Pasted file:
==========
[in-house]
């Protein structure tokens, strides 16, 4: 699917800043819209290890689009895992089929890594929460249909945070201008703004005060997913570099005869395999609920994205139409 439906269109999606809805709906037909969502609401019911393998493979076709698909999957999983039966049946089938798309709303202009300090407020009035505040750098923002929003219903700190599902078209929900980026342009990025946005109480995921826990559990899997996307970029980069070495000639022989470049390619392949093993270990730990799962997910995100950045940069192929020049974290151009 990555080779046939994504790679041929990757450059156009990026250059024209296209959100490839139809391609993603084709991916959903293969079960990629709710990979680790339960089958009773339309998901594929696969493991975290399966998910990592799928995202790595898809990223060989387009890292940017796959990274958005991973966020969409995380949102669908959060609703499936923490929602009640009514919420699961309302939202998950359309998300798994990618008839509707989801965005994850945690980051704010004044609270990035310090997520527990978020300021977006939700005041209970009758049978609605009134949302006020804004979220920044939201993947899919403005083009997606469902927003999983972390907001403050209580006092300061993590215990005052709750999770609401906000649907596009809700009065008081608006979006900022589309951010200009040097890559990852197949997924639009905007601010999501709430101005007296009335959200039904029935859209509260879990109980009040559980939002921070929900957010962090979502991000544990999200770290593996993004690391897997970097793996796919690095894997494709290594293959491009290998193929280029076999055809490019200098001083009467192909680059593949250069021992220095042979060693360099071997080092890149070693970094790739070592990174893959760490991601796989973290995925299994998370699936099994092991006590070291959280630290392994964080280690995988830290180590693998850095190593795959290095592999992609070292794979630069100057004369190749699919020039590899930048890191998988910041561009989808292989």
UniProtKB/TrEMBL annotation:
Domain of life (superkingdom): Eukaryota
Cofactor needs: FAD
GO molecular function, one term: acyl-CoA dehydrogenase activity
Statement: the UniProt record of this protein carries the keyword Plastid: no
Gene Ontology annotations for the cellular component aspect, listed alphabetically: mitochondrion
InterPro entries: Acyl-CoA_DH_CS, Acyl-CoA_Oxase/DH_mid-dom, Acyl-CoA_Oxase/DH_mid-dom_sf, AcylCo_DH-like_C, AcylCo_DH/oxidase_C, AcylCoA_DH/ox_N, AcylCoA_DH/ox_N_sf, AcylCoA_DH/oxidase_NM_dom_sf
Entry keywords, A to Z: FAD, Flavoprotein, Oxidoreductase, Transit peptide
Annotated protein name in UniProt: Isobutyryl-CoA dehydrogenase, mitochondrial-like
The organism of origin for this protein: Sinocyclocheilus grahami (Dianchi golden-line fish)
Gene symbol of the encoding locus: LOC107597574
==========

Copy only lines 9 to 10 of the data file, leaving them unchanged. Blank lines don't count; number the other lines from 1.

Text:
InterPro entries: Acyl-CoA_DH_CS, Acyl-CoA_Oxase/DH_mid-dom, Acyl-CoA_Oxase/DH_mid-dom_sf, AcylCo_DH-like_C, AcylCo_DH/oxidase_C, AcylCoA_DH/ox_N, AcylCoA_DH/ox_N_sf, AcylCoA_DH/oxidase_NM_dom_sf
Entry keywords, A to Z: FAD, Flavoprotein, Oxidoreductase, Transit peptide